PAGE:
How much of the social network belongs on the Web?

If a social network is built around private lives, should that be part of the Web, or should it be a private network, accessible only with controls?

You know you're in trouble when Al Franken is going after you.

(Illustration by Zach Whittaker of ZDNet's iGeneration blog.)

Franken is one of several Democratic Senators whose names are on a "letter of concern" to Facebook CEO Mark Zuckenberg, warning that he needs to make opt-out the default for sharing personal information on users, and  limit personalization data shared with advertisers.

Facebook users across the ZDNet network are finding it impossible to control their privacy settings, even as Facebook adds office applications and gains new office credibility as an alternative to sites like Linkedin.

What has made Facebook jump the shark on privacy is Open Graph, which extends the site's reach across the Web but also increases privacy concerns. Whatever else I think of my friends, I don't necessarily want them to know what I'm doing online all the time.

While stopping for coffee just now, I watched CNN Internet correspondent Josh Levs complaining about Facebook privacy, saying  "Don't put anything on Facebook you wouldn't want your mother to know."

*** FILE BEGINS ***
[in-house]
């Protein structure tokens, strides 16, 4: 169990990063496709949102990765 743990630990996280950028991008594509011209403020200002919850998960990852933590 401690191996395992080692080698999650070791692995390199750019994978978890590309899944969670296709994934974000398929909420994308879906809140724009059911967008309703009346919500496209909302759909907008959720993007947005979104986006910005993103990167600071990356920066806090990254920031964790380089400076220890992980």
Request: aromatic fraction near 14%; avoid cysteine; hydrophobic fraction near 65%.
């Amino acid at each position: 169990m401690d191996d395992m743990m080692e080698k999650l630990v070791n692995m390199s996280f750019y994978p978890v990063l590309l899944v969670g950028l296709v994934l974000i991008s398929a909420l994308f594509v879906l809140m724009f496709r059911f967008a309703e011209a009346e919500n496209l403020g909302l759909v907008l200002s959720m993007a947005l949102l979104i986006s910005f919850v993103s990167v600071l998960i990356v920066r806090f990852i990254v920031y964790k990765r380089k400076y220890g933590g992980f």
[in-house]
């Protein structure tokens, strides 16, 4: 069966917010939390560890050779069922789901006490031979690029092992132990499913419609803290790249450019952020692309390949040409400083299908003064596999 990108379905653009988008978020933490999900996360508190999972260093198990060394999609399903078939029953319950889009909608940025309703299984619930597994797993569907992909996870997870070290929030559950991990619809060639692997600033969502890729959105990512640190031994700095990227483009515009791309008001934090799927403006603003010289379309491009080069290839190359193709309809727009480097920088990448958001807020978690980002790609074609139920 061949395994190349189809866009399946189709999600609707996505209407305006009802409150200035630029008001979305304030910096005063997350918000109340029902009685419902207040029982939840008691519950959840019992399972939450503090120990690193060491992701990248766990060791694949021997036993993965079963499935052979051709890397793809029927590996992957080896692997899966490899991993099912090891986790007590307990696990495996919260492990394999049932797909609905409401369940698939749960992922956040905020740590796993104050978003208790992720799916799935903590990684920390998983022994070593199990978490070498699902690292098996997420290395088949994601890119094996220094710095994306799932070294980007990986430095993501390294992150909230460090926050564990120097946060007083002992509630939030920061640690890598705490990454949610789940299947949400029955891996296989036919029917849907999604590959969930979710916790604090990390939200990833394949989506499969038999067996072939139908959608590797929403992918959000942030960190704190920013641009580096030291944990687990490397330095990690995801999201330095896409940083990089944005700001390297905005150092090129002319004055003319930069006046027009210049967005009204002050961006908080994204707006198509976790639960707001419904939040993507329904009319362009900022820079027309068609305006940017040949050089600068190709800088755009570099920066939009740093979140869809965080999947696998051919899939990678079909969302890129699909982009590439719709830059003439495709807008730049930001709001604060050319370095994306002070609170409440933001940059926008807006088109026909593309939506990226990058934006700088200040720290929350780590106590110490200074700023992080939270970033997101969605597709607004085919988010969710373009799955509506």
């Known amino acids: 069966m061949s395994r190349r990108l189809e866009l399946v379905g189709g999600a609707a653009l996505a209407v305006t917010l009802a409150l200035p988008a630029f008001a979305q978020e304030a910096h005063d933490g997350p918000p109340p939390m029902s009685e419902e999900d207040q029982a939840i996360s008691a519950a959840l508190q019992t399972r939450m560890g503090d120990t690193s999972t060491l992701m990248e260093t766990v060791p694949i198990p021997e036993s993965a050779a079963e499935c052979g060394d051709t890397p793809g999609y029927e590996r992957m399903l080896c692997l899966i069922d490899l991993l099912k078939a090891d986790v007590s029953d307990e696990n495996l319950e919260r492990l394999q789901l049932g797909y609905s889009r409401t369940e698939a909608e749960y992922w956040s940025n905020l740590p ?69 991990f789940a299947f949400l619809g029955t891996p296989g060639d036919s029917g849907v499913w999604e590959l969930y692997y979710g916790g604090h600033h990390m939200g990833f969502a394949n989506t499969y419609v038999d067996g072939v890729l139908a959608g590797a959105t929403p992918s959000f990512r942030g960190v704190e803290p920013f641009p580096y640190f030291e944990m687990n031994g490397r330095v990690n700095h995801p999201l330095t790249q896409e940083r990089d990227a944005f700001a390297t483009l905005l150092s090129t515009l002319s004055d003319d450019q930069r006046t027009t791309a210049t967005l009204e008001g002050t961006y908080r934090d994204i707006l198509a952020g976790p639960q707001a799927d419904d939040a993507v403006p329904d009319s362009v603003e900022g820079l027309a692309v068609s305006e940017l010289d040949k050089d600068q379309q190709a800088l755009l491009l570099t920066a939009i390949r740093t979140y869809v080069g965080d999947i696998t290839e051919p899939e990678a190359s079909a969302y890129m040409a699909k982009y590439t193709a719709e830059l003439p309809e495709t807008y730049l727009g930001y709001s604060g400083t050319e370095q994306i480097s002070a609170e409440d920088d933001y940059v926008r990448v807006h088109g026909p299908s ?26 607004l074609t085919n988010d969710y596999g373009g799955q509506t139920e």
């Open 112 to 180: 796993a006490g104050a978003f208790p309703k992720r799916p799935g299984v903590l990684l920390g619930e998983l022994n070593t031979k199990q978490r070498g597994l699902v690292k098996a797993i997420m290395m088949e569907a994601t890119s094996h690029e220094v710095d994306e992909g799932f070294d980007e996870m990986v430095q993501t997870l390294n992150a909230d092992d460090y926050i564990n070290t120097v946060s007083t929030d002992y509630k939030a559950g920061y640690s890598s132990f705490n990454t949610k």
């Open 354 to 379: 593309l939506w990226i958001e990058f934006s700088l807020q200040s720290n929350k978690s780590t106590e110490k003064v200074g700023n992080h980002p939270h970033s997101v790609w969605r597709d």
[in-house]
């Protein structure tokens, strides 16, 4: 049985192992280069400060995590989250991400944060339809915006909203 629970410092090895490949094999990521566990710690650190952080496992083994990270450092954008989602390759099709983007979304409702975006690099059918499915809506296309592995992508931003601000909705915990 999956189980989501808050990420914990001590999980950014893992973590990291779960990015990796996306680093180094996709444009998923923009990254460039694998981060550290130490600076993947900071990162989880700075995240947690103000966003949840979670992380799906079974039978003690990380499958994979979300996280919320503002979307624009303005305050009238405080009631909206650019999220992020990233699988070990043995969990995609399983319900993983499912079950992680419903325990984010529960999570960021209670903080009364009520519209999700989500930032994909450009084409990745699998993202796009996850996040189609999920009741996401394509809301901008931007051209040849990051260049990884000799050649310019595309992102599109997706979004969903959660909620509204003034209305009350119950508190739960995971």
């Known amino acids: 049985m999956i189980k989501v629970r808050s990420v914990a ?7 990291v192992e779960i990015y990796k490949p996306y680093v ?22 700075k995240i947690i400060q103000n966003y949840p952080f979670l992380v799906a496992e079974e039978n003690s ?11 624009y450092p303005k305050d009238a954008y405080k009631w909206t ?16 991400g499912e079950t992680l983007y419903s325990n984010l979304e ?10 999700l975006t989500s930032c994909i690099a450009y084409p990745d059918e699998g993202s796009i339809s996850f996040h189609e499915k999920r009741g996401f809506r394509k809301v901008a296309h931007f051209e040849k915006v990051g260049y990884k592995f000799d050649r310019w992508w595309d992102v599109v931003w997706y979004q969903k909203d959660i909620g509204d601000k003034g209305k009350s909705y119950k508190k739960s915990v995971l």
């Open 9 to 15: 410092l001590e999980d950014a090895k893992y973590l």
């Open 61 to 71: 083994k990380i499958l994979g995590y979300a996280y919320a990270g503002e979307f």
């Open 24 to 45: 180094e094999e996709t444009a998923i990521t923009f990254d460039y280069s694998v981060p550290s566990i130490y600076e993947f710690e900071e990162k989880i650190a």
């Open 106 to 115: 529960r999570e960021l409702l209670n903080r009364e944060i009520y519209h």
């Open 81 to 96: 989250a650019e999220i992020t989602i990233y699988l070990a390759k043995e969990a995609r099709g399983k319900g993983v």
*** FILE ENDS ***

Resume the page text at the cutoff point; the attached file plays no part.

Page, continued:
Fine, but a little late. Unlike Linkedin, which developed as a business service, Facebook developed in the teen market, and kids tend to open up more than their parents.

It's something we have been warning about at CBS Interactive for months. We all have public lives and private lives. If a social network is built around private lives, should that be part of the Web, or should it be a private network, accessible only with controls?

What's clear right now is that people are voting with their mice on this issue. One ZDNet writer has been busy "killing" friends from his links, thanks to a blizzard of spam. Another has revealed how Facebook doesn't delete user-created content even after being asked to do so.

Celebrities like Sen. Al Franken know how to keep their public and private lives separate. Kids don't. Facebook has been sold to kids for years. So should it pay a price for that, and be kept isolated from the rest of the Web, except with the express written permission of its users?

This post was originally published on Smartplanet.com

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